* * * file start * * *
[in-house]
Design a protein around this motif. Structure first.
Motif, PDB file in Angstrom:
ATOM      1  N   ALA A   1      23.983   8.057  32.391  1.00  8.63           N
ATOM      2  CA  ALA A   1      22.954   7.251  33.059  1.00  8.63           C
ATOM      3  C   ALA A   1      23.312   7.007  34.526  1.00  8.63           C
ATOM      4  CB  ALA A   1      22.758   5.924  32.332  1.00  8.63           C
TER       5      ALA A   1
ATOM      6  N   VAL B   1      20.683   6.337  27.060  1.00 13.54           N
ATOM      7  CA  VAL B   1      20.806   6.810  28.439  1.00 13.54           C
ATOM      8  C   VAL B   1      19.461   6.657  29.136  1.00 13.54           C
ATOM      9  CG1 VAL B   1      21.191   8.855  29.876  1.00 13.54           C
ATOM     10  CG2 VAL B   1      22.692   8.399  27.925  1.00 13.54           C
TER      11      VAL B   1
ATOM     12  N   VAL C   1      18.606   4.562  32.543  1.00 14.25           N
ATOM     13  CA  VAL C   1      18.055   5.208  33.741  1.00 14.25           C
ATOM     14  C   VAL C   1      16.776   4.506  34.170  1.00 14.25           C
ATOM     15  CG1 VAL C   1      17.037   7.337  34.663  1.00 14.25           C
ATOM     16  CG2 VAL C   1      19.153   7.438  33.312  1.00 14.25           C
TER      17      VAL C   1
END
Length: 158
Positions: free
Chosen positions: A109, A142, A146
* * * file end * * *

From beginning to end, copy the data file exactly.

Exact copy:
[in-house]
Design a protein around this motif. Structure first.
Motif, PDB file in Angstrom:
ATOM      1  N   ALA A   1      23.983   8.057  32.391  1.00  8.63           N
ATOM      2  CA  ALA A   1      22.954   7.251  33.059  1.00  8.63           C
ATOM      3  C   ALA A   1      23.312   7.007  34.526  1.00  8.63           C
ATOM      4  CB  ALA A   1      22.758   5.924  32.332  1.00  8.63           C
TER       5      ALA A   1
ATOM      6  N   VAL B   1      20.683   6.337  27.060  1.00 13.54           N
ATOM      7  CA  VAL B   1      20.806   6.810  28.439  1.00 13.54           C
ATOM      8  C   VAL B   1      19.461   6.657  29.136  1.00 13.54           C
ATOM      9  CG1 VAL B   1      21.191   8.855  29.876  1.00 13.54           C
ATOM     10  CG2 VAL B   1      22.692   8.399  27.925  1.00 13.54           C
TER      11      VAL B   1
ATOM     12  N   VAL C   1      18.606   4.562  32.543  1.00 14.25           N
ATOM     13  CA  VAL C   1      18.055   5.208  33.741  1.00 14.25           C
ATOM     14  C   VAL C   1      16.776   4.506  34.170  1.00 14.25           C
ATOM     15  CG1 VAL C   1      17.037   7.337  34.663  1.00 14.25           C
ATOM     16  CG2 VAL C   1      19.153   7.438  33.312  1.00 14.25           C
TER      17      VAL C   1
END
Length: 158
Positions: free
Chosen positions: A109, A142, A146